Noniams waterhole

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Named after a smelly shepherd's tree that grows near it, this small spring provides sweet tasting water, but tends to dry up as the dry season progresses 1.

The locals used the tree's berries for food1.

It is one of Etosha national park's natural waterholes, fed by rain water.

It sits on lower ground than its surroundings, but unlike most in the park, shrubs grow right up to the water's edge.

What to do thereGame drives and game viewing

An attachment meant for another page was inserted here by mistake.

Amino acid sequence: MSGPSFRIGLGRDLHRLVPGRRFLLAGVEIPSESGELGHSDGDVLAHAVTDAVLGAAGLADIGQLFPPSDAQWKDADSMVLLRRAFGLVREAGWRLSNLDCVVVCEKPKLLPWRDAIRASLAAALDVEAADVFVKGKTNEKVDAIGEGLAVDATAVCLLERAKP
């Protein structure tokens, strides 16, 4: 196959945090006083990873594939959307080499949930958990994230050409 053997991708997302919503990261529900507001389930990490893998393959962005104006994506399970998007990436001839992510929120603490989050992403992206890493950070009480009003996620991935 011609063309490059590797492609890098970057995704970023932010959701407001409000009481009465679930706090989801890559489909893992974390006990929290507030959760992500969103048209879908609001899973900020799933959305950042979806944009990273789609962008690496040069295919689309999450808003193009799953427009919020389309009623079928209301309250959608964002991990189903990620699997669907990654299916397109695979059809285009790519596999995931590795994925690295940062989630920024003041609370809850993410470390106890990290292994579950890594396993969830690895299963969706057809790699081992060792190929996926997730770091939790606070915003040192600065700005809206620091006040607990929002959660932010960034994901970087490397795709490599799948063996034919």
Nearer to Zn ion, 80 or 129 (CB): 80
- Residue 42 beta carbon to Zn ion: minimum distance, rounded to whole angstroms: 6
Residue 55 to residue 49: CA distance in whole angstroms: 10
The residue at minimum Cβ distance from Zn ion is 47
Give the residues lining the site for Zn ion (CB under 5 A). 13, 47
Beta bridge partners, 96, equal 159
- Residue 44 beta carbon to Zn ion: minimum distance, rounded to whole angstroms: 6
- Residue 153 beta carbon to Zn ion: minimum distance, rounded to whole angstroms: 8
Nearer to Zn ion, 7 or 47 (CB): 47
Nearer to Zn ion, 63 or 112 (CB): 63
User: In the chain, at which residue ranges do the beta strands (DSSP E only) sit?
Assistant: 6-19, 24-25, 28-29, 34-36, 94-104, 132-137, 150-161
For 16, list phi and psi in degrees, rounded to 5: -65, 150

Best time to visitJust after the rainy seasons of December to March, when it still is full and water is scarce in other parts of the park.

Location of Noniams waterholeIts sits near the road from Halali camp to Goas waterhole, amidst the shrublands on Etosha national park's eastern end.

Further down the same road — when coming from the north and Goas waterhole, is a T-junction with one road heading west to Elandsdraai koppie and the other to Koinseb waterhole.

How to get thereBy road — about a half hour's drive east of Halali camp.

References1. H.H. BERRY et al. (1997) Origin and meanings of place names in the Etosha National Park, Namibia. Available at: (Accessed: 6 August 2019)

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